Alkaline Polymer Surfactant (ASP) flooding is an Enhanced Oil Recovery (EOR) technique aiming to mobilise remaining and residual oil. Estimating the average oil saturation prior to and post ASP flooding is a recognised challenge, but is vital to the evaluation of an ASP pilot. The use of oil-water partitioning tracers is a method to determine the average oil saturation in the water-swept regions between wells. The implementation of partitioning tracer technique is known in the industry to evaluate effectiveness of waterfloods, but its applicability in ASP flooding is a topic of investigation due to additional complexities. Often, the partition coefficients of tracers depend on salinity of the aqueous phase. It is equally important to know how the presence of polymer and surfactant may influence the behaviour of partitioning tracers.
Laboratory study has been performed to analyse the behaviour of partitioning tracers prior to and post ASP injection for a field that is currently undergoing sea water injection and is being evaluated for ASP flooding later in the field life. A group of six oil-water partitioning tracers have been included in the study. Batch (bottle tests) and dynamic (core flood) experiments were performed to evaluate the partitioning behaviour of the tracers. The residual oil saturation to water (Sorw) before ASP flooding was determined using pulse injections of tritium labelled water (HTO). Several passive tracers were also injected in the core floods and their retention times were compared with that of HTO.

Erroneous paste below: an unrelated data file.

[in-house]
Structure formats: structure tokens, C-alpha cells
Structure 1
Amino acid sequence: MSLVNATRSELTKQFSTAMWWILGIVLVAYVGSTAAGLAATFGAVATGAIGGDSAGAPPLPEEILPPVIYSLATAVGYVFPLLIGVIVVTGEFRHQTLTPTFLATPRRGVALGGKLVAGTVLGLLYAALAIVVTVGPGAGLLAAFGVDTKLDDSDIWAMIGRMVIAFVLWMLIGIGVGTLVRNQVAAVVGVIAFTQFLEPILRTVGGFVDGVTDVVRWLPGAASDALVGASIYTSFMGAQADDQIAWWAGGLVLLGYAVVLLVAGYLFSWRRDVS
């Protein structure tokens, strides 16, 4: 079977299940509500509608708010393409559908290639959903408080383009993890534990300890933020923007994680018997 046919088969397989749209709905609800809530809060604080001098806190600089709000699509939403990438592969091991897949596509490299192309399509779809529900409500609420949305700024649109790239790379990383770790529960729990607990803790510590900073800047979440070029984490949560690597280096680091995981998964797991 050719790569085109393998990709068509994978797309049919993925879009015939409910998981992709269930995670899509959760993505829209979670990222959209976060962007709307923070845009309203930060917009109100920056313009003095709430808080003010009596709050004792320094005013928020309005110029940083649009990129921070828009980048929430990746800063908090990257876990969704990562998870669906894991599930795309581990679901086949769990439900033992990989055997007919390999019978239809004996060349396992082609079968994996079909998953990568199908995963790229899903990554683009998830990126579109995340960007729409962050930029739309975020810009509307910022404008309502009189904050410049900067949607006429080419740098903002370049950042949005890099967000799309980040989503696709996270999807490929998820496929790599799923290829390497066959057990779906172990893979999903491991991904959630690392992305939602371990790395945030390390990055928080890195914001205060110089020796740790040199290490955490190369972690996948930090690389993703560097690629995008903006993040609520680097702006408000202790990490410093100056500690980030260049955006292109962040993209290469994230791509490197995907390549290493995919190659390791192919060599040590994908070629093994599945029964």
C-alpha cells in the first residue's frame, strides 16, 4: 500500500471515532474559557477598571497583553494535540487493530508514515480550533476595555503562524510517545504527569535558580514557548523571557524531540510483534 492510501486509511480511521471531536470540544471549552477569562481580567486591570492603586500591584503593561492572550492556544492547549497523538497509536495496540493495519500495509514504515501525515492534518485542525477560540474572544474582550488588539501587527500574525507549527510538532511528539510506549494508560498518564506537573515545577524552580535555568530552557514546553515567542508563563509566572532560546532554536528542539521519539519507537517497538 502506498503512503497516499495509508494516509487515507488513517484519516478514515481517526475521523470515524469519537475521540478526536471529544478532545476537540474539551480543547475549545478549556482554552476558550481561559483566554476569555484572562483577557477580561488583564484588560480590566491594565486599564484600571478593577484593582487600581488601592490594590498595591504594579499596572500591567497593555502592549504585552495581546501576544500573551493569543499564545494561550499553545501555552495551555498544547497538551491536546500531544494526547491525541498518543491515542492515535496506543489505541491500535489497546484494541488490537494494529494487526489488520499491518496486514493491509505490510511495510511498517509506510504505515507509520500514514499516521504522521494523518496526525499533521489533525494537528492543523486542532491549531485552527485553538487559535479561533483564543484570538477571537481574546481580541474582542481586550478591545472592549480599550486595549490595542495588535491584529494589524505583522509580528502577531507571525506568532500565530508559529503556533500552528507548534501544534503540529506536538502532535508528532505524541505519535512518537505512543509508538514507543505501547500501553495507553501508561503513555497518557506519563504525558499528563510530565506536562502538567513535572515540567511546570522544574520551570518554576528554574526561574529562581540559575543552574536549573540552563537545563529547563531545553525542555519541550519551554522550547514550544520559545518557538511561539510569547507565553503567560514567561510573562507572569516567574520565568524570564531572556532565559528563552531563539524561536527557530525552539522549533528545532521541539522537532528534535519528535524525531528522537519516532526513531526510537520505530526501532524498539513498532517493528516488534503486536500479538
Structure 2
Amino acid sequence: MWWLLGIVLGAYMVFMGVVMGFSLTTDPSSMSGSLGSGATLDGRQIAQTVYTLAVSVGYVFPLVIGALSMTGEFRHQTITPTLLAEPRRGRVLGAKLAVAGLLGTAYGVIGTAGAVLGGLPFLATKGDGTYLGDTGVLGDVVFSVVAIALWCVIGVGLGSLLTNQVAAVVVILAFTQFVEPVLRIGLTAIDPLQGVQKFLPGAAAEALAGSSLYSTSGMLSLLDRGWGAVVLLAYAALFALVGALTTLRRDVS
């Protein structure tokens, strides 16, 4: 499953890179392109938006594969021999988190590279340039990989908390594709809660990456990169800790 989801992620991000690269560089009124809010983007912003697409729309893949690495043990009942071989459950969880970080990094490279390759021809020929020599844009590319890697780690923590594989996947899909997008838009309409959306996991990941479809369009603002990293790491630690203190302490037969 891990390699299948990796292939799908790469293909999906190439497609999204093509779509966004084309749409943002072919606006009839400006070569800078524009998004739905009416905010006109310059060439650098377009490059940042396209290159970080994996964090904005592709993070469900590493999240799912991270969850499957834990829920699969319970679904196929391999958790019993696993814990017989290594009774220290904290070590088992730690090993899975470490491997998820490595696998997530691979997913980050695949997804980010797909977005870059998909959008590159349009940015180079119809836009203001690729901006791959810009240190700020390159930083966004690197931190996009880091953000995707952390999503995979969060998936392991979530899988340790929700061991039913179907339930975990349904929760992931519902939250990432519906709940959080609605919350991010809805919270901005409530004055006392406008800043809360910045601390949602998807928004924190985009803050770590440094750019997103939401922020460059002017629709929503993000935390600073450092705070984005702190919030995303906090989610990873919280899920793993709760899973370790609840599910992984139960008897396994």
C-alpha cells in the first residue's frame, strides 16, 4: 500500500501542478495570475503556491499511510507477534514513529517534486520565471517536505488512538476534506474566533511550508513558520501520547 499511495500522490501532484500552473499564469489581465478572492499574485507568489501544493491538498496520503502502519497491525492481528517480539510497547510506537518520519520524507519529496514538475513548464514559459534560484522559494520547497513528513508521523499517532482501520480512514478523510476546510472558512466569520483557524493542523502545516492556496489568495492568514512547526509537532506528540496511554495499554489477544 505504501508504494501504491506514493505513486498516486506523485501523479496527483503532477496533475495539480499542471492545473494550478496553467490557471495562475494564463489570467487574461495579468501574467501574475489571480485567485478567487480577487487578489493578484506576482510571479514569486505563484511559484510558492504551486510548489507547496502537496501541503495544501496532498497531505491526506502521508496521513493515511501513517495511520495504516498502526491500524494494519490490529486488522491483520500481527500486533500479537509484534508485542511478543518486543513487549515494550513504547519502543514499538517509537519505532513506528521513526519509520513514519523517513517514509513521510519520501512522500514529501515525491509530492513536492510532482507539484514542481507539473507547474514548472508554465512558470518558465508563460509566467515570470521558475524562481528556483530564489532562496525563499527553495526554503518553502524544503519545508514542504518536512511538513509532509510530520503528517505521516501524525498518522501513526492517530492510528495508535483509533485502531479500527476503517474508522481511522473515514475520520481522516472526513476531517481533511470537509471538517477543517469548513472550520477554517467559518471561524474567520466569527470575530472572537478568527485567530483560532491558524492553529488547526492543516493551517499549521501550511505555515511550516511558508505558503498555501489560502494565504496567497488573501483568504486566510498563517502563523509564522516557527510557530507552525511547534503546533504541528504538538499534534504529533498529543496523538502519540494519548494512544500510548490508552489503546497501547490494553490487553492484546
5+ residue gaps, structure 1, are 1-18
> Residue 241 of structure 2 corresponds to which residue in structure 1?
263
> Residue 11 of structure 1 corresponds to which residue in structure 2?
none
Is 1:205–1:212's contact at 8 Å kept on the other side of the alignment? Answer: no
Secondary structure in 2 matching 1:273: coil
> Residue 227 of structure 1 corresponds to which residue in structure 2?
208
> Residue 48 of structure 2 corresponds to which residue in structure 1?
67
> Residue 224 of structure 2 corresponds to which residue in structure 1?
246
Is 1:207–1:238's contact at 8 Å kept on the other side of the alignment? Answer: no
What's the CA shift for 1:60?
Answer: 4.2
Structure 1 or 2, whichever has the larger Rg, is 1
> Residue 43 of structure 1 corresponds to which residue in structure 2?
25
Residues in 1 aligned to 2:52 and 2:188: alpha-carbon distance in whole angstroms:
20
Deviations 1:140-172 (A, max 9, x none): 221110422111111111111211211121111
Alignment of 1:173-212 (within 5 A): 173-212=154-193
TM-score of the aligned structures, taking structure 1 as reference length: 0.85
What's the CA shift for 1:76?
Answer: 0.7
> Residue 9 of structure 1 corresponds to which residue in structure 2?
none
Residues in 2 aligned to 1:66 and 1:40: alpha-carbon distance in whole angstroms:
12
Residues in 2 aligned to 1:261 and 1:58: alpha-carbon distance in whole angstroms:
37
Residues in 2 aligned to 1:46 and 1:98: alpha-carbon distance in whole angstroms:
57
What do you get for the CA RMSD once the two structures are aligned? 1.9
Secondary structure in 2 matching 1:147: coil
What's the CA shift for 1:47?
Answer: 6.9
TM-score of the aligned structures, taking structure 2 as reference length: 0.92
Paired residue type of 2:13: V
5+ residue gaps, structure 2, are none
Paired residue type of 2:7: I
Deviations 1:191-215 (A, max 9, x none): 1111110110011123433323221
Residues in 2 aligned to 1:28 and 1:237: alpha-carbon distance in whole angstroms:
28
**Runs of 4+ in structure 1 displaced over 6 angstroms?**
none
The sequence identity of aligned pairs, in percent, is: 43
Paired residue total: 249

Herein we describe evaluation of oil saturation, through the tracer responses, over a range of brine compositions such as soft brine, sea water, ASP and polymer solutions. Batch studies indicate the dependency of the partitioning of the tracers on brine salinity. The results of core floods show earlier breakthrough of anionic passive tracers in comparison with HTO suggesting possible rock/fluid interactions for the anionic passive tracers. The residence time distribution of HTO measured before, during and after the ASP flooding illustrates that the flow paths available for water were changed during ASP flooding.
The paper highlights the importance of good laboratory experimental protocols using a more accurate passive tracer such as tritium labelled water. The results from the experiments draw attention to the uncertainties associated with the flow of tracers under changing salinity and chemical composition.